“Among alcoholics, there is very little – if any – pleasure obtained from drinking, and certainly not enough pleasure to compensate for all the pain they get from their continued abuse of alcohol. Alcoholics drink because they have become wired to drink. There is no rational reason for choosing to drink because they do not ‘choose’ to drink, any more than you choose to lift your leg when the doctor taps your knee. You are wired to produce the knee-jerk reflex, and the alcoholic has become wired to produce the drinking reflex.

      “So, yes, naltrexone or nalmefene may partially block the pleasure – if any – from drinking. But pleasure is not why alcoholics continue drinking.  Consequently, the blocking of pleasure from alcohol stopped few patients from taking their naltrexone or nalmefene. If they had been told to abstain from drinking, compliance would have been much more difficult. Alcoholism, by definition, is difficulty in abstaining from alcohol. And clinical trials that have instructed patients to abstain have met with more problems with compliance. However, being told to take a pill before drinking is an easy command to obey.

      “The pleasure from alcohol may be unimportant for the alcoholic, but the overall pleasures in life are important. Many behaviors are reinforced by endorphins, and we would not want to lose these other joys in life. As a solution for this problem, the Sinclair Method uses a process called selective extinction that removes the behaviors related to alcohol craving and abuse but supports and strengthens the other behaviors reinforced by endorphins. (This will be discussed in chapter 9 in the section titled Selective Extinction: How to maximize Your Results.)
      “Your subjective sensations, feelings, and emotions hardly change when you drink while taking naltrexone or nalmefene. However, the pathways controlling your drinking are incrementally weakened each time you do it. This occurs at the microscopic level of trillions of connections between neurons in the brain.  Just as you cannot feel the metabolic processes in your liver or kidneys, you do not feel the de-addiction process as your nervous system is restored to normal.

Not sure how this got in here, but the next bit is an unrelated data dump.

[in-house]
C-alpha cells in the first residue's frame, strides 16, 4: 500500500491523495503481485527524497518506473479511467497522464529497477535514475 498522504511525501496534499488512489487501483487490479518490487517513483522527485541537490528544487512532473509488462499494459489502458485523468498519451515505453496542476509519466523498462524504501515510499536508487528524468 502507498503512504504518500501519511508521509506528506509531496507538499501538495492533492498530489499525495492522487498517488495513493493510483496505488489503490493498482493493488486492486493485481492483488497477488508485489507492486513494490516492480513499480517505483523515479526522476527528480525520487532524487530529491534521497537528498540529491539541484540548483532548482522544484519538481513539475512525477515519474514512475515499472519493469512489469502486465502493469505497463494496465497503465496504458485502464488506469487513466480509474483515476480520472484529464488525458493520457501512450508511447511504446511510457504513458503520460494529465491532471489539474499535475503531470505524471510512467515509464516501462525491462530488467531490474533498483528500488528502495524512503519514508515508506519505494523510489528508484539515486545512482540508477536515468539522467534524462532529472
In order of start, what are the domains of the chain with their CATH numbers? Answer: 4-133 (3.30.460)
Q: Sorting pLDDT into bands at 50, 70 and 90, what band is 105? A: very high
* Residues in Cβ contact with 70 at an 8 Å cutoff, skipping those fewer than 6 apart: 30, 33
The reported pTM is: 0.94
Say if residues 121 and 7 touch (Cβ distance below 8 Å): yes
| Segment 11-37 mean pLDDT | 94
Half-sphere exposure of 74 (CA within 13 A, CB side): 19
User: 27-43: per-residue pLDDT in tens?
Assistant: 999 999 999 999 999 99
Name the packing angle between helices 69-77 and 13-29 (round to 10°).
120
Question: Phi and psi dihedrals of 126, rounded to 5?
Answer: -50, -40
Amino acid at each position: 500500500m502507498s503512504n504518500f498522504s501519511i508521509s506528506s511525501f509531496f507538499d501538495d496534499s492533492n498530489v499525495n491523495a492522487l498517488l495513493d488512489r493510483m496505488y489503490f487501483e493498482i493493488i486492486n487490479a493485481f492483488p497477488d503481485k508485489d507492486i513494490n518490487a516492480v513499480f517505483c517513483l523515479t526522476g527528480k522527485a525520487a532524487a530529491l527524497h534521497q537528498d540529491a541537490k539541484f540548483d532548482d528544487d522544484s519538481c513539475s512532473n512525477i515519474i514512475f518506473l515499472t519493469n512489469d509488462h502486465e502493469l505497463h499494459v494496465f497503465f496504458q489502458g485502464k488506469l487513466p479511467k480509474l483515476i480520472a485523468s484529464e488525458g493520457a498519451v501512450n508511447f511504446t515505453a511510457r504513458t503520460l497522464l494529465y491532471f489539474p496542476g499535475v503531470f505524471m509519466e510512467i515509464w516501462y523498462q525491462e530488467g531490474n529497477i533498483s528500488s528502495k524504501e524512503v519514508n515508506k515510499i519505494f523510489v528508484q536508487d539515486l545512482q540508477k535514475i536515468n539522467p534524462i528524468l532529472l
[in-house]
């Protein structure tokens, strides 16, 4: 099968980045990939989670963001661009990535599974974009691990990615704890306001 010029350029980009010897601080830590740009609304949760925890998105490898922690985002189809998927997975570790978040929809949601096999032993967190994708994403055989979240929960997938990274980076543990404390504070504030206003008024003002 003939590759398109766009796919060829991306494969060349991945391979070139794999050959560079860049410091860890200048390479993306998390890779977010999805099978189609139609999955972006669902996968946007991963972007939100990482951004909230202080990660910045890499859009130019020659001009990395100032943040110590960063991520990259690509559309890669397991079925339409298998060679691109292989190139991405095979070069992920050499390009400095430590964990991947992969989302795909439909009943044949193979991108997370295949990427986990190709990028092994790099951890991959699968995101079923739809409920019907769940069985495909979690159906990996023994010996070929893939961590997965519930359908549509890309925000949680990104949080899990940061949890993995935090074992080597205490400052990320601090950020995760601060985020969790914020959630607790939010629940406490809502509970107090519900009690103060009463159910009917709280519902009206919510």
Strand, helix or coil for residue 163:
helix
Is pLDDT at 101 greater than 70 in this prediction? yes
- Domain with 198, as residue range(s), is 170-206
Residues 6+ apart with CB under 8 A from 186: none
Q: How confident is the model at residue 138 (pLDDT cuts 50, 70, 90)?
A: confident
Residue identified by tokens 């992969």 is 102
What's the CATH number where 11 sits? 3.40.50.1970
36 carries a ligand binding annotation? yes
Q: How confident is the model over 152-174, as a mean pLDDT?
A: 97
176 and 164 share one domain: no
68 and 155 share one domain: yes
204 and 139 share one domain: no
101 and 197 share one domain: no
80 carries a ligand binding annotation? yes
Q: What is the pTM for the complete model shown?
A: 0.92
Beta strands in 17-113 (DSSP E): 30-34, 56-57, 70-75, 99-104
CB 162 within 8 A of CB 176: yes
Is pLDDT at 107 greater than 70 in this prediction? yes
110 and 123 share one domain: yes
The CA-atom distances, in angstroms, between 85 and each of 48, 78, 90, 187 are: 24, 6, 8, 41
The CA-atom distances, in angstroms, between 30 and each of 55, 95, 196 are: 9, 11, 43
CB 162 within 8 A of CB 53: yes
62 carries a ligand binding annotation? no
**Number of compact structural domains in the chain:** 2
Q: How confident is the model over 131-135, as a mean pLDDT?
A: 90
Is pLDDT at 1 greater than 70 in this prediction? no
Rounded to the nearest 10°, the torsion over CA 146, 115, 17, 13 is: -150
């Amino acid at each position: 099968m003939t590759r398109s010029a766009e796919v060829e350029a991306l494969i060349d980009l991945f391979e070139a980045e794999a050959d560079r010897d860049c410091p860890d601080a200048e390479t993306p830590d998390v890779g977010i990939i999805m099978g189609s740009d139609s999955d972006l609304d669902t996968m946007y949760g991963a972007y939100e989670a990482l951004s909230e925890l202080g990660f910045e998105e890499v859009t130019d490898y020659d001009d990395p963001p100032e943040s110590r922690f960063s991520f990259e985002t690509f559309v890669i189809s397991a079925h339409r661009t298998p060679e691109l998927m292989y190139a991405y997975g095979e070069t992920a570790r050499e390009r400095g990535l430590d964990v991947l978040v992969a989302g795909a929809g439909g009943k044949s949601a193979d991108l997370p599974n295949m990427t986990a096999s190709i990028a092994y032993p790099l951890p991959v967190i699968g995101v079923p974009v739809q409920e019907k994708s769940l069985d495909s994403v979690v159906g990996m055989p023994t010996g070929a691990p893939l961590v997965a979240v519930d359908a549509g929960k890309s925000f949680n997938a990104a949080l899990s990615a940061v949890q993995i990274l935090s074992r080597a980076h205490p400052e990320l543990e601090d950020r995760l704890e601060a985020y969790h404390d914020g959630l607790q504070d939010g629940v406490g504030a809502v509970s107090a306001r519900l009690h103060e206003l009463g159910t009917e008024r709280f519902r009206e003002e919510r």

“As you drink on naltrexone or nalmefene, you will not be aware of the neural super-highways being weakened and cut back into their original condition. The process amounts to the gradual but steady weakening of the addictive circuitry wired throughout your brain and nervous system. As you proceed to drink while taking naltrexone or nalmefene, your brain is no longer being enforced by endorphins,  This produces pharmacological extinction – Sinclair’s amazing discovery – which automatically weakens the wiring causing your addiction. De-addiction happens slowly but surely with the research showing that the more often you drink on naltrexone or nalmefene, the more you weaken your addiction. One could not ask for an easier, more elegant, or dignified solution to addictive drinking – you literally ‘Drink Your Way Sober’.”

  • I had an alcoholic girlfriend from 1997-2000…
    Her pattern was constantly comatose drunk binge for approx 5 days, 4 days of detox, 3 weeks of healthy normal sober normalcy then total silence/withdrawal for a few hours then a comatose drunk binge again…
    At one point she WAS on naltrexone but it was when she was on one of her periods of non-drinking so that was probably why it did her no good….
    Incidentally she died 2 years ago of a brain hemorrhage at age 49 after 5 years of sobriety… She collapsed and the ambulance took her to the hospital that she was previously brought to for her hundreds of detoxes….They didn’t even treat her and let her die because the scumbags assumed she was drunk….

  • Oh Really??? I bought a big book of Alcoholics Anonymous. After Judge called me Alcoholic, choice jail or AA. April 15 1986 was my first day of “NOT” taking “A” drink, One Day at A time….
    I got into the boat of AA and got into Service, found A Higher Power to help me not drink today. got out of tomorrow and yesterday… right Now. is all We have…

    • That’s fantastic. My stepfather also had his life saved by AA and many brothers and sisters have gotten a lot out of Al Anon, which is for the family members. It’s been great for our family but people who recover this way are only 10-20% (the higher number is AA’s) of the total who go that route and it’s not good enough. This addresses the extremely debilitating neurological issue head-on. I think it’s fascinating.

      https://www.the-sinclair-method.com/the-sinclair-method-guide/step-one/

      I was shocked that I’d never heard about this.